• switching up your breakfast scramble by substituting eggs for silken tofu

  • adding a handful of chickpeas to your curry

  • dialing up the flavor on your roast salmon with a miso marinade

What about isoflavone supplements? 

While there is plenty of research exploring isoflavone supplements, the recommended dosage and duration is highly variable depending on different health goals. 

In general, eating a moderate amount of isoflavone-containing whole foods appears to be the safest way of getting the health benefits.

Are there any risks? 

Eating soy foods in moderation, as part of a balanced diet rich in whole grains, fruit, and vegetables, is safe and likely beneficial for health.

Talk to your doctor if you're considering regularly eating large amounts of soy or taking a supplement. 

Kawasaki disease is an uncommon disorder mainly affecting young children. Research is sparse, but a 2017 study linked a higher than average consumption of soy products to an increased risk of the condition. 

Some people are allergic to soy. For these people, eating soy may result in itching or hives. In rare cases, this may cause anaphylaxis — a severe allergic reaction requiring immediate medical attention. 

Additionally, some people report digestive symptoms like diarrhea and constipation after eating soy foods. 

Isoflavones can interact with certain drugs. It’s worth consulting your healthcare provider first if you're taking any medication or have any of the following conditions:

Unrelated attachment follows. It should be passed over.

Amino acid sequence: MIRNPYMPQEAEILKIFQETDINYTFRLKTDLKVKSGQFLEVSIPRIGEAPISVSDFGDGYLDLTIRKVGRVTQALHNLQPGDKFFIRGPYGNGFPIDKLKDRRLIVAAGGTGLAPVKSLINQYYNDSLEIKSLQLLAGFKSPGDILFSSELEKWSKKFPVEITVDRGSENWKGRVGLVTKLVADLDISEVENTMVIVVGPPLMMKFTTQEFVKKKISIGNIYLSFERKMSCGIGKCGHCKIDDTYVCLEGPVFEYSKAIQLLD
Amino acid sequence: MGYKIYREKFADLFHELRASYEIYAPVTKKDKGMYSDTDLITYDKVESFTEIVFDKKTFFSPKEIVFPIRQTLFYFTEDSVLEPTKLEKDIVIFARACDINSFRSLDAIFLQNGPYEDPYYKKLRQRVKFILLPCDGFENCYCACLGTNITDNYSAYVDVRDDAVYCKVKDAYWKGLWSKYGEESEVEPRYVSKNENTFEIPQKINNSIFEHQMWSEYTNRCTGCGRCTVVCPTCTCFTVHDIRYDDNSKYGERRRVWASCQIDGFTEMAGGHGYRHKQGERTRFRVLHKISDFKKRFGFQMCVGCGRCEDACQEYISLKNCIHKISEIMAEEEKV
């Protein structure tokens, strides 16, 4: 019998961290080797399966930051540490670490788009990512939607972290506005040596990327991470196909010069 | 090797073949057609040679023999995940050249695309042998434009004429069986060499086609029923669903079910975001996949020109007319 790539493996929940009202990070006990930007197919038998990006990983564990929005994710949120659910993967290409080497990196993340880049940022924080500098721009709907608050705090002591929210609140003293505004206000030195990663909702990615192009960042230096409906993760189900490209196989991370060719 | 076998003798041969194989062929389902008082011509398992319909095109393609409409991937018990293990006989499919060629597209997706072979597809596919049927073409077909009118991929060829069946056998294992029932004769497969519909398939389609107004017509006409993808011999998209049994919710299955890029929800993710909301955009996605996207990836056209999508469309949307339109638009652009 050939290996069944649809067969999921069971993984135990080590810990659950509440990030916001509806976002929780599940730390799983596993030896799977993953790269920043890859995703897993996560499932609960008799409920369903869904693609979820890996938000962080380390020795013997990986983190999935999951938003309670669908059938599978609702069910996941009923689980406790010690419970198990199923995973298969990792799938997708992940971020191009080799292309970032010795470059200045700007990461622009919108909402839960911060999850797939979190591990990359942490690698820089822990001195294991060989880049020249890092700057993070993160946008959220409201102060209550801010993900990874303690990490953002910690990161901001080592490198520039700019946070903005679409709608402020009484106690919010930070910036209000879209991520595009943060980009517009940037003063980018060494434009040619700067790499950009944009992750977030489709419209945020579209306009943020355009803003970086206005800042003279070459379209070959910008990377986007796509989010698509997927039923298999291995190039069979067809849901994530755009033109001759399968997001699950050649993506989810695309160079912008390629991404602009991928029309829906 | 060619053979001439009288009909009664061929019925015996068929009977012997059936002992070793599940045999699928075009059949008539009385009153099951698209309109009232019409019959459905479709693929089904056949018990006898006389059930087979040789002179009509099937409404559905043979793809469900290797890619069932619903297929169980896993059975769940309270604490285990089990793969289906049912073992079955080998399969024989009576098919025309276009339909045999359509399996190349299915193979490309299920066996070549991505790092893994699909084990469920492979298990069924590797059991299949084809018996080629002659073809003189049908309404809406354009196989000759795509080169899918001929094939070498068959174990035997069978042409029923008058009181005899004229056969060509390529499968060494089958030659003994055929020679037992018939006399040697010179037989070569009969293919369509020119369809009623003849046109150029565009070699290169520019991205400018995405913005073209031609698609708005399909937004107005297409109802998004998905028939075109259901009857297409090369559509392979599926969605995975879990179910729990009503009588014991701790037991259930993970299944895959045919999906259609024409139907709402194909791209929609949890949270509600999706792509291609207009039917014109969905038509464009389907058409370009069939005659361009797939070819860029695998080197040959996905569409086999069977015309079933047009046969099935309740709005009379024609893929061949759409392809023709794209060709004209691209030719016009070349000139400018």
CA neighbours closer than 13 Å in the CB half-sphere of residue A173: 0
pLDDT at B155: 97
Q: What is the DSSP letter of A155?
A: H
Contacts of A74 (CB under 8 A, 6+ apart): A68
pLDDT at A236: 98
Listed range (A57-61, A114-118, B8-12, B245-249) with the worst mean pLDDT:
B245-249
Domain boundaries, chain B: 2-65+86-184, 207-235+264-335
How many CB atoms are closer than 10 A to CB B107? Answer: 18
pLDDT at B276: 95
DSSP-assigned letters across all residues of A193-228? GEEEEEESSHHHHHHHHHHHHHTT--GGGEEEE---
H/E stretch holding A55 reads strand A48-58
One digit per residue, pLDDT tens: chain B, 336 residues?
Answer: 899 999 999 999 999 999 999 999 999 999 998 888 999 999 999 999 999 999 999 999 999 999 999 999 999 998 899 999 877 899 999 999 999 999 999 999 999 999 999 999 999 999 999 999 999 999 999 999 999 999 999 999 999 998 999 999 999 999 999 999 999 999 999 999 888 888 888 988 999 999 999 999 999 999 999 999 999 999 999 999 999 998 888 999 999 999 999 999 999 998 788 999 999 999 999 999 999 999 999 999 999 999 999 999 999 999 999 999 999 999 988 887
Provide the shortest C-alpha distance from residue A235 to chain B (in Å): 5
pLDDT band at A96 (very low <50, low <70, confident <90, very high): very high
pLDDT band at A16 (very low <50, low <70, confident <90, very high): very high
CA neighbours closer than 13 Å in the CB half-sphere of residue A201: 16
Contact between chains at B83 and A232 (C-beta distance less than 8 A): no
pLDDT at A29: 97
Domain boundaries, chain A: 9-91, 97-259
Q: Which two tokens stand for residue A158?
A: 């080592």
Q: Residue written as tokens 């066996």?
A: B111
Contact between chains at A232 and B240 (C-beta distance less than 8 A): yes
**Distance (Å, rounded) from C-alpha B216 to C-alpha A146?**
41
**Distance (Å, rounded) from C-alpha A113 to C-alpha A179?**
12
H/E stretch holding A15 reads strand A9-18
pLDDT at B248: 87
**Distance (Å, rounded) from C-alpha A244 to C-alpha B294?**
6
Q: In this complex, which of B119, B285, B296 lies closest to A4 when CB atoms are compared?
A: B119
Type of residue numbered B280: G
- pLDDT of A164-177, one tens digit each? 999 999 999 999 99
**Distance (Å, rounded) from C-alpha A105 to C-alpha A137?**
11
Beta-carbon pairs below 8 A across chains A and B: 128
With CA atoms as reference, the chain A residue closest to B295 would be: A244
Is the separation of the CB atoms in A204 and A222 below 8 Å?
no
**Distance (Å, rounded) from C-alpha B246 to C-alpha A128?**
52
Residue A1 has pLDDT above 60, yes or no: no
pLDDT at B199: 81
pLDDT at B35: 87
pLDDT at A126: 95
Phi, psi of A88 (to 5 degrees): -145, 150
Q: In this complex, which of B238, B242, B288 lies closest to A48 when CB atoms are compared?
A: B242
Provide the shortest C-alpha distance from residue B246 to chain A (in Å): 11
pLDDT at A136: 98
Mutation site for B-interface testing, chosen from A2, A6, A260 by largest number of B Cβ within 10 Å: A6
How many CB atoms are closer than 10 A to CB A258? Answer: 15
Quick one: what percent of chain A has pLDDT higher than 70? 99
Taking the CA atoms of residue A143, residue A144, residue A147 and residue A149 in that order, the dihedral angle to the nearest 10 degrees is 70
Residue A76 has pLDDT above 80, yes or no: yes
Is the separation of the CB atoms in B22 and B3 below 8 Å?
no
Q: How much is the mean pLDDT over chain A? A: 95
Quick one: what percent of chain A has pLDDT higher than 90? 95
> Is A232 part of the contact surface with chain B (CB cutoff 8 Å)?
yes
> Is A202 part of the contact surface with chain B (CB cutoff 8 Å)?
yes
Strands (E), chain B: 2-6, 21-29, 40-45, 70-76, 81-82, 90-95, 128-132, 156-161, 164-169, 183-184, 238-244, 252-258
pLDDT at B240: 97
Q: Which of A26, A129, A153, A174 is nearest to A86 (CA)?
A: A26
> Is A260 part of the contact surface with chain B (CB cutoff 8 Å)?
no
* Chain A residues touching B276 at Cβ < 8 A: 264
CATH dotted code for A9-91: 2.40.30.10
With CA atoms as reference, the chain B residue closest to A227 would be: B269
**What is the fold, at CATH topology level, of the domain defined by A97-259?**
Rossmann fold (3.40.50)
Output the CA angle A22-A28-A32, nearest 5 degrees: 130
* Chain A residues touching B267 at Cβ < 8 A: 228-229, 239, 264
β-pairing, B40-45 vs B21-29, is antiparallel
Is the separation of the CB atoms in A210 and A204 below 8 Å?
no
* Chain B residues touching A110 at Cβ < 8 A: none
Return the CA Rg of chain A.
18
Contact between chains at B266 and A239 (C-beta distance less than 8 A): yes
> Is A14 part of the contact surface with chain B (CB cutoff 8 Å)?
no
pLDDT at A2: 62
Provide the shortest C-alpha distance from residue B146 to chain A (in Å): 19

• cystic fibrosis

  • kidney stones

  • hyperthyroidism 

Summary 

Isoflavones are a type of polyphenol found in soy and soy products. Including isoflavones and other phytoestrogens in your diet may benefit your health. 

Evidence suggests that eating a diet rich in soy foods may offer protection against certain cancers and cardiovascular disease.

Isoflavones also appear to play a role in preventing bone loss. But there's still uncertainty about the benefits of isoflavone supplementation.

While isoflavones in soy foods may offer benefits, they are just one component of a healthy diet. Eating a varied diet rich in plant foods such as vegetables, fruit, whole grains, and legumes is important for supporting your healthiest self. 

At ZOE, we recognize the importance of a balanced diet for a healthy life. 

With our at-home test, we can analyze your gut microbiome and show you how your body responds to different types of foods. From this, we’ll give you personalized nutrition advice tailored to your unique body.

To get started today, take our free quiz.